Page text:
Given the speed that the IRS managed to send stimulus payments into checking accounts over the last two years, it should not be a surprise that there were some mistakes that were made. Whatever the problem, don’t be surprised if you hear from the IRS if any of the following five categories fit your situation.

1. Your income was too high

The three stimulus checks that were sent out carried a strict income limit. Once a person reached that threshold, their stimulus check was phased out. Out of all the stimulus checks that were sent in 2020 and 2021, it is reasonable to think that some were later discovered to be distributed to individuals whose income exceeded their eligibility. And here is the thing about the tax-related errors: It could take years for the IRS to catch the mistake that was made. When it does catch it, though, it is safe to expect the IRS call or make some sort of contact.

2. You received a stimulus check for a loved one who died

The past few years have really been a blur for a lot of us, with a lot of lost loved ones. The date of that person’s death will determine whether you have a right to keep their stimulus money. If a loved one has died sometime in 2019, the IRS most likely didn’t know about the death when it sent out the first round of checks in 2020. That is why the IRS says the portion that was sent in the name of the deceased family member should be returned.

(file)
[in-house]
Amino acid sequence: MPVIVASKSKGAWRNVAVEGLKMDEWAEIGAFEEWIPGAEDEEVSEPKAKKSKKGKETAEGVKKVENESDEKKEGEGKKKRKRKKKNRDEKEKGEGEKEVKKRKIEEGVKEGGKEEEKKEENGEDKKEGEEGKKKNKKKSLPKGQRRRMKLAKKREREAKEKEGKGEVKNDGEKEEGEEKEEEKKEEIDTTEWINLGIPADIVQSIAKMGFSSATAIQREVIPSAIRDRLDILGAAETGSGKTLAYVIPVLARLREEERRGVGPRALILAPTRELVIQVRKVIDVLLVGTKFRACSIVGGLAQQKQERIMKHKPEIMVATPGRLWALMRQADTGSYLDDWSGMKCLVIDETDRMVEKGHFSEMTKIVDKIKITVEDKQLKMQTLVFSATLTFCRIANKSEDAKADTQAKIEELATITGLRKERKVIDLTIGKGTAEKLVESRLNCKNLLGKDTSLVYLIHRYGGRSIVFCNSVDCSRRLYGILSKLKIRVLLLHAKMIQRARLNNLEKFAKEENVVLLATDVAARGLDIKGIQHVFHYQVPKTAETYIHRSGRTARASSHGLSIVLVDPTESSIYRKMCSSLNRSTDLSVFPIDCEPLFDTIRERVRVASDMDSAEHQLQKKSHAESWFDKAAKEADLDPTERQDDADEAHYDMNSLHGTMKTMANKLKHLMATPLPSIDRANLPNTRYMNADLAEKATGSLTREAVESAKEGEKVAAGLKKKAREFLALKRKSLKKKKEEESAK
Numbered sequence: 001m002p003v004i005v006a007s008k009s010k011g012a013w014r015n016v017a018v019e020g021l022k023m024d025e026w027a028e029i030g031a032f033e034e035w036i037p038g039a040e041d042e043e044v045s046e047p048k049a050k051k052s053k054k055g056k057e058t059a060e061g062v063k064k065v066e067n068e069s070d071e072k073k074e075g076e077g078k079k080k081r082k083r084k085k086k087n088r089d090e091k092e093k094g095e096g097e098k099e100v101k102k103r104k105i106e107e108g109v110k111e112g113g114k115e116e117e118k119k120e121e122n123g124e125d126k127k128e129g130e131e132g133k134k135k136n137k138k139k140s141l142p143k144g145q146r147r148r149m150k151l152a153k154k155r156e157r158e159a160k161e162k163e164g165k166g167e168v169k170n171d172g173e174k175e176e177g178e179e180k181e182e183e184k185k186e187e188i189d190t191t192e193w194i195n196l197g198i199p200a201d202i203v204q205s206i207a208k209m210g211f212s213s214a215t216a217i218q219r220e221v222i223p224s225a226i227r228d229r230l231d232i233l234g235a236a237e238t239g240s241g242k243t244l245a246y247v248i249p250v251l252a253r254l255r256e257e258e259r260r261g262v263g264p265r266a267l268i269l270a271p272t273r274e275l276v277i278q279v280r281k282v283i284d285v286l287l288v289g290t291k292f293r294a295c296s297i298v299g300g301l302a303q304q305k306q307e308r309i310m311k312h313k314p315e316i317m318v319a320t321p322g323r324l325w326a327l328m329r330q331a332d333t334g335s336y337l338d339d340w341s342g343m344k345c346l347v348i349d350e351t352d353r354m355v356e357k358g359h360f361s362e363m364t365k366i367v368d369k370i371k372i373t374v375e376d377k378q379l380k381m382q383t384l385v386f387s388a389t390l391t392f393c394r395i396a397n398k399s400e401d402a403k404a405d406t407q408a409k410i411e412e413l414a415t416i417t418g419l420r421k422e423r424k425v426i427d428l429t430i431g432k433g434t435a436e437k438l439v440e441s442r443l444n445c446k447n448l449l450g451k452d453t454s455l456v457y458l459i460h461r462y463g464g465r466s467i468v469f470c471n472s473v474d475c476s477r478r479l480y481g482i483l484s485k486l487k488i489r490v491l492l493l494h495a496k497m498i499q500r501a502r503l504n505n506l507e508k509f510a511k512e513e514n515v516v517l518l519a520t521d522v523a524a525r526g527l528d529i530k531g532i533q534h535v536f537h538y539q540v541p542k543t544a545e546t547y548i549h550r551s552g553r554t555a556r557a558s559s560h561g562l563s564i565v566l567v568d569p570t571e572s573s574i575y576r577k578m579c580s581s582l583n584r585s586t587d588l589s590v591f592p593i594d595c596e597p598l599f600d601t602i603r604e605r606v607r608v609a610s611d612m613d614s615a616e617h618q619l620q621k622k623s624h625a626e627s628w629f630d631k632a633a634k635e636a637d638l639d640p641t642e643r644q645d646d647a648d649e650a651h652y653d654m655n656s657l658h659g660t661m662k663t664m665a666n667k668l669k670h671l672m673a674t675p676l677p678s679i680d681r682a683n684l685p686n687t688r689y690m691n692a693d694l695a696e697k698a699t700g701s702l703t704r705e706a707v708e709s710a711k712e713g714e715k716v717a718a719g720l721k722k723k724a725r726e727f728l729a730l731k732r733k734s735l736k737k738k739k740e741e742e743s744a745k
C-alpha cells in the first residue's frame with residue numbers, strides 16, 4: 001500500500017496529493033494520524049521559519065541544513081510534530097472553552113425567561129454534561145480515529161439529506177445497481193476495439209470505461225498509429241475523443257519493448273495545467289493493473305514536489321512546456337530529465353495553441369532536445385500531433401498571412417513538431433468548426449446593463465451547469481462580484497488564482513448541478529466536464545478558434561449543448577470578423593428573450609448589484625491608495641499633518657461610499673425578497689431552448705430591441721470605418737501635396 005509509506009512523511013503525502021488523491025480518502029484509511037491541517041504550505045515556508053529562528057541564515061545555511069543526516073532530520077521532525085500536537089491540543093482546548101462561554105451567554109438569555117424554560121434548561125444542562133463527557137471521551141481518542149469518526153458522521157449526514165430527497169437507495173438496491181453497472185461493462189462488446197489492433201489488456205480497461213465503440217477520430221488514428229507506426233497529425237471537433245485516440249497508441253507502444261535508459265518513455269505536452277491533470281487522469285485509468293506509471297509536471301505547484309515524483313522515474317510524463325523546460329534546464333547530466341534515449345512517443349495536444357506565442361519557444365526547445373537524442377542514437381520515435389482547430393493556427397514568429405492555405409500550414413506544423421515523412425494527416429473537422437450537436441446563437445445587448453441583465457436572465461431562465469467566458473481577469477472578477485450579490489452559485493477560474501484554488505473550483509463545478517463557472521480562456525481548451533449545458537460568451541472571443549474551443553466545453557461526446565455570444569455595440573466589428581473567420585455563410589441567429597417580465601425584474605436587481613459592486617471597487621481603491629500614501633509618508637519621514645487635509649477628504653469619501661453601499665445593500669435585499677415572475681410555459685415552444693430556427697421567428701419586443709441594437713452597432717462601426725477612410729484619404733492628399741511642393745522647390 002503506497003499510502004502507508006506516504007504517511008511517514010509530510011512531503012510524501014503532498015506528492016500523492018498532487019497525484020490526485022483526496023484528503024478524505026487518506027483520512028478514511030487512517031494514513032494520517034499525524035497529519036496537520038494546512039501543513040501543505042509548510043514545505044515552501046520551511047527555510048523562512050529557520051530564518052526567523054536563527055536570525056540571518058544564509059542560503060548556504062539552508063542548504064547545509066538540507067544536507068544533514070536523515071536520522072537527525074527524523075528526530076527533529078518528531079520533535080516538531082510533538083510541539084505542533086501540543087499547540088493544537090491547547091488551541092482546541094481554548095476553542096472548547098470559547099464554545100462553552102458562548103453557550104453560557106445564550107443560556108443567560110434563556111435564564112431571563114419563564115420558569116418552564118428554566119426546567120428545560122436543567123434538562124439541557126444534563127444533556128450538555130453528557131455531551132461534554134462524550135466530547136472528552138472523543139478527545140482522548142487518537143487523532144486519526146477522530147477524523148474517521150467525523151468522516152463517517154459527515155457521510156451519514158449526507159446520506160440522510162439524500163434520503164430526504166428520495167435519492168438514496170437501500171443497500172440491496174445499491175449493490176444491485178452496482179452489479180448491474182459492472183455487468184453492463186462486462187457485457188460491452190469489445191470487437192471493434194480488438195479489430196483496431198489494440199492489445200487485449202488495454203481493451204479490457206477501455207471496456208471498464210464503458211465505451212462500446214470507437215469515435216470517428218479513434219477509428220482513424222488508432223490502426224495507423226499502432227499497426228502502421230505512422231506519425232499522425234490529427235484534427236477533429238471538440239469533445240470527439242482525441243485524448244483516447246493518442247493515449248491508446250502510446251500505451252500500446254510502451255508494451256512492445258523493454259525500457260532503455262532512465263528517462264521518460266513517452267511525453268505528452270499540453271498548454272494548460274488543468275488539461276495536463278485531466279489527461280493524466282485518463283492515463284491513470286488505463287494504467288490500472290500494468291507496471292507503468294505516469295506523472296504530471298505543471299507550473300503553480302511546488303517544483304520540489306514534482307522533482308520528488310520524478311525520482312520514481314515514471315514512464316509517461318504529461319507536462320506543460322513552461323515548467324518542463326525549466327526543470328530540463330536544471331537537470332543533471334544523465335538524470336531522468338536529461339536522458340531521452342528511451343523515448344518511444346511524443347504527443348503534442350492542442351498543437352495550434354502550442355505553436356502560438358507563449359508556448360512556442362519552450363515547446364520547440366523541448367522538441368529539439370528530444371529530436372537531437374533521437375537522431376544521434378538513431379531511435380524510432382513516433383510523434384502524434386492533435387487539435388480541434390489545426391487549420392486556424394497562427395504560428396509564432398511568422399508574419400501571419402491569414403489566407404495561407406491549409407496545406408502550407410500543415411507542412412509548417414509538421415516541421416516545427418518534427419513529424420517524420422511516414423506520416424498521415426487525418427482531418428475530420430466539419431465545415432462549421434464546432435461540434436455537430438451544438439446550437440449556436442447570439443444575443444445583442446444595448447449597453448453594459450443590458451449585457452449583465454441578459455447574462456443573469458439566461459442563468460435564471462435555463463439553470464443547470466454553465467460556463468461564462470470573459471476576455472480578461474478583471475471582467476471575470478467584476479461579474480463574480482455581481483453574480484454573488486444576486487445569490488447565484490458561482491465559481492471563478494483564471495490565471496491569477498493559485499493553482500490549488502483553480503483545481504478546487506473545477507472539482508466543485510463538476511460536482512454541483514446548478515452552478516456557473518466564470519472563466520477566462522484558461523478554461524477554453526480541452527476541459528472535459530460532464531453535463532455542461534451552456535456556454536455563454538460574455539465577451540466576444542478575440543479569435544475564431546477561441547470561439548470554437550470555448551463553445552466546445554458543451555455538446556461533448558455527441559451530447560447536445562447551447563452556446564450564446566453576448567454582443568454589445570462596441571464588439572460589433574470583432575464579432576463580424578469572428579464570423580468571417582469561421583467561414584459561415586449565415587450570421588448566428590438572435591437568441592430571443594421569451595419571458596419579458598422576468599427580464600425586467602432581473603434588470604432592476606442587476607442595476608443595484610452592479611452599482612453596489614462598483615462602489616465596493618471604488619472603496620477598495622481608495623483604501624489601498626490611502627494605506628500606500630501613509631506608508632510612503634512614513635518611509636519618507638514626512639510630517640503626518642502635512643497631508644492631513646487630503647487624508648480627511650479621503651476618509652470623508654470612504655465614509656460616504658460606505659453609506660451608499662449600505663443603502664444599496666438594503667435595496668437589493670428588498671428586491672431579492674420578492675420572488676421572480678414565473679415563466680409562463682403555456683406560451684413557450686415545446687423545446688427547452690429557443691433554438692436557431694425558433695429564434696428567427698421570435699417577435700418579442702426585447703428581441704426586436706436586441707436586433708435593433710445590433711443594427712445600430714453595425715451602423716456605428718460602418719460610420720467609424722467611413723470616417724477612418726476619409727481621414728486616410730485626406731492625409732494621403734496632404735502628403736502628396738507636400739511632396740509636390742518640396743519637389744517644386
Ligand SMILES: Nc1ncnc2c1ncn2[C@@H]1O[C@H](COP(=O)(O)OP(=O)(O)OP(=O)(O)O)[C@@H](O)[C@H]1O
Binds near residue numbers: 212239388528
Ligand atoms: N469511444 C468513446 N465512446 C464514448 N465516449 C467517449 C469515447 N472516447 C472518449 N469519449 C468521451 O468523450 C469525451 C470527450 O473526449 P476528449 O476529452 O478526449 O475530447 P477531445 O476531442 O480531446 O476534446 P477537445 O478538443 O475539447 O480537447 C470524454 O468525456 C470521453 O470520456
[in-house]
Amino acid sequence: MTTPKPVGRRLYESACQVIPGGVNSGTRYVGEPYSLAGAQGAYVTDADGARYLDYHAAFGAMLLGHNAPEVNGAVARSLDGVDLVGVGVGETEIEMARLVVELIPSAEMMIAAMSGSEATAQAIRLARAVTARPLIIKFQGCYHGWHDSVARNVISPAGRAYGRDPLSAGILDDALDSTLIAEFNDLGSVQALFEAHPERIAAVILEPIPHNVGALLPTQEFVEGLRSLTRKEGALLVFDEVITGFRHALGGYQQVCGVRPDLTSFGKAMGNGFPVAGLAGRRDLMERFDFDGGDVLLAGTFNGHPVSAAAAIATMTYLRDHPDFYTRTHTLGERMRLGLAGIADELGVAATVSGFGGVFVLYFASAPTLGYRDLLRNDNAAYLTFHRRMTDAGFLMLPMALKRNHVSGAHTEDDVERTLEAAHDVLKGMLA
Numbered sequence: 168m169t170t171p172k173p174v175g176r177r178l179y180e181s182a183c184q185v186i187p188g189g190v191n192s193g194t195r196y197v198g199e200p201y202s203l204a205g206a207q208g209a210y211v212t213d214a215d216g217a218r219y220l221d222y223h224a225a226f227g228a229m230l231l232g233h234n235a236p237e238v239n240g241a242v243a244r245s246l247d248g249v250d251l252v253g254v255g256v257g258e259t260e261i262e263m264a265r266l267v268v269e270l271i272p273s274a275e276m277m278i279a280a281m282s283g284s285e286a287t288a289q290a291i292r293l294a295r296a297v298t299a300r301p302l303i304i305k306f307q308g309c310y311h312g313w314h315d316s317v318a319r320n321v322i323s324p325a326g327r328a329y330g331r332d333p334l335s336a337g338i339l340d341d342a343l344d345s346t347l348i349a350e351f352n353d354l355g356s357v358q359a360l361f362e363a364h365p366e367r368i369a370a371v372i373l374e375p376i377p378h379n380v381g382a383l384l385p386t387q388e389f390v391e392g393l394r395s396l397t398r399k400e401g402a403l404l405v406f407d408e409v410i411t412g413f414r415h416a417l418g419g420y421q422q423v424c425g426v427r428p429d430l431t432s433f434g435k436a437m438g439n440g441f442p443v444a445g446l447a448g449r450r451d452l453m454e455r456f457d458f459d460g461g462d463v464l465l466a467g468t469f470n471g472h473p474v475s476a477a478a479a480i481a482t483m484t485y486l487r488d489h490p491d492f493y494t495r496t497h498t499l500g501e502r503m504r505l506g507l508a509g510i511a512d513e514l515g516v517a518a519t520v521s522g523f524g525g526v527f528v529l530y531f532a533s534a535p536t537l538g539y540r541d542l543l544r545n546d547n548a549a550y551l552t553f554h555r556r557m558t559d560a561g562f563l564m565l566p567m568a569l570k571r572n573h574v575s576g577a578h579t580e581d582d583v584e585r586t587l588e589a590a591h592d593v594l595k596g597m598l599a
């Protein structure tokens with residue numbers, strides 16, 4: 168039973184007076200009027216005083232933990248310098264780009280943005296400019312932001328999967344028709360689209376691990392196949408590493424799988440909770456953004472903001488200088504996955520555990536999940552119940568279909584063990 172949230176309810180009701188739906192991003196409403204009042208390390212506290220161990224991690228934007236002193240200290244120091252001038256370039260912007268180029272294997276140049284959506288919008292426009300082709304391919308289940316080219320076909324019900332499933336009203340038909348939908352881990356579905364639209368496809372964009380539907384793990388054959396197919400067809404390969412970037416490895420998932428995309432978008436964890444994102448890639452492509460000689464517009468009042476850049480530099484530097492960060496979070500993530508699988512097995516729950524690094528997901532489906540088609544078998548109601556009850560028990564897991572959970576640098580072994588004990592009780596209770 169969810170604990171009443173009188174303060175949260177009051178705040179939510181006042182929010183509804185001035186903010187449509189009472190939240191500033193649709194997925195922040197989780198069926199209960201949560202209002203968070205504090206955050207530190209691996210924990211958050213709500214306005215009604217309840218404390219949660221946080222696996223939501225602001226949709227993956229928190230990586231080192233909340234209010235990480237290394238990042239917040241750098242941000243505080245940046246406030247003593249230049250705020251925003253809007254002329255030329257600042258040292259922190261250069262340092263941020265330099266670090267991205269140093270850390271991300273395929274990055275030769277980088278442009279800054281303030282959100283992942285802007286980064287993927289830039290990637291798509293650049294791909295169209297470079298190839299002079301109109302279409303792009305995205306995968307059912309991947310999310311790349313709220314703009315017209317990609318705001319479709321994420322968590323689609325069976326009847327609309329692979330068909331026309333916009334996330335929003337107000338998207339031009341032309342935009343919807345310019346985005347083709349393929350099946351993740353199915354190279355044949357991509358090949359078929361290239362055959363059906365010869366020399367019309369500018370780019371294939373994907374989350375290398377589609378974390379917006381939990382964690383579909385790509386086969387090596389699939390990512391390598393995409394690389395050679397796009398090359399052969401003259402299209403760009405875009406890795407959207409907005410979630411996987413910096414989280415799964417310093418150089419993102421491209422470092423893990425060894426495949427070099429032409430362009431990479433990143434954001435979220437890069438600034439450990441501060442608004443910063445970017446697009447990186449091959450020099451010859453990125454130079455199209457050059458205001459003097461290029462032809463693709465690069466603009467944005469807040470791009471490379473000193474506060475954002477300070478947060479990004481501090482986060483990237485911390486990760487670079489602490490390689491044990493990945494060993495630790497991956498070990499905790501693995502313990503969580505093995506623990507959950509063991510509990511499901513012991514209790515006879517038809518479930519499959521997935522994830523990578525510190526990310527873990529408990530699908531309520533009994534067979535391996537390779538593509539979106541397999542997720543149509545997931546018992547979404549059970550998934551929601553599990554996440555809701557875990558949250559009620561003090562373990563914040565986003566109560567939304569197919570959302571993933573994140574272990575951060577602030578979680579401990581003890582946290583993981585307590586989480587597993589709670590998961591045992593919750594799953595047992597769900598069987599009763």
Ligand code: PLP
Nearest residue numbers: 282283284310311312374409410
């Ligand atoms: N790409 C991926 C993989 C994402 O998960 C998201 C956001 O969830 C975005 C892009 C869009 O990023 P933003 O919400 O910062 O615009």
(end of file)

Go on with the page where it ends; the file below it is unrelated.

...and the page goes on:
Let’s say you are married, and your spouse passed away in 2019. You had not filed your 2020 taxes yet, so the IRS didn’t know about the death of your loved one. Checks that were sent in April 2020 were for $1,200 each eligible adult. If you had received $2,400, you might learn that you have to return the $1,200 that was sent to your spouse.

To date, there has been a lot of confusion surrounding the problem. However, payments that were sent in 2020 but intended for those who died in 2019 have to be returned.

3. You are a non-citizen

If you have lived in the United States for years, paid your income taxes, but are not a citizen yet, you might have received a check. If so, it is possible that the IRS will discover that mistake and request the money back.

4. You was sent an extra check

Numerous checks have been sent out, it’s possible that some individuals received more than one check for the same round of stimulus checks. If you were eligible for collecting stimulus funds but have received more than just one check in the first, second, or third rounds, do not be surprised if the IRS wants you to return that extra money.

5. You are considered to be a nonresident alien

If you are a nonresident alien that is working in the United States and paying taxes, you might have received some stimulus funds. If so, you are not eligible and might be asked to return the cash.

If you do get a notification from the IRS, do not panic. The IRS is usually pretty easy to work with. One important thing is to respond to the IRS in a timely manner. The fastest way to get a letter to the IRS is to mail it to their office that serves your region.

Author: Steven Sinclaire

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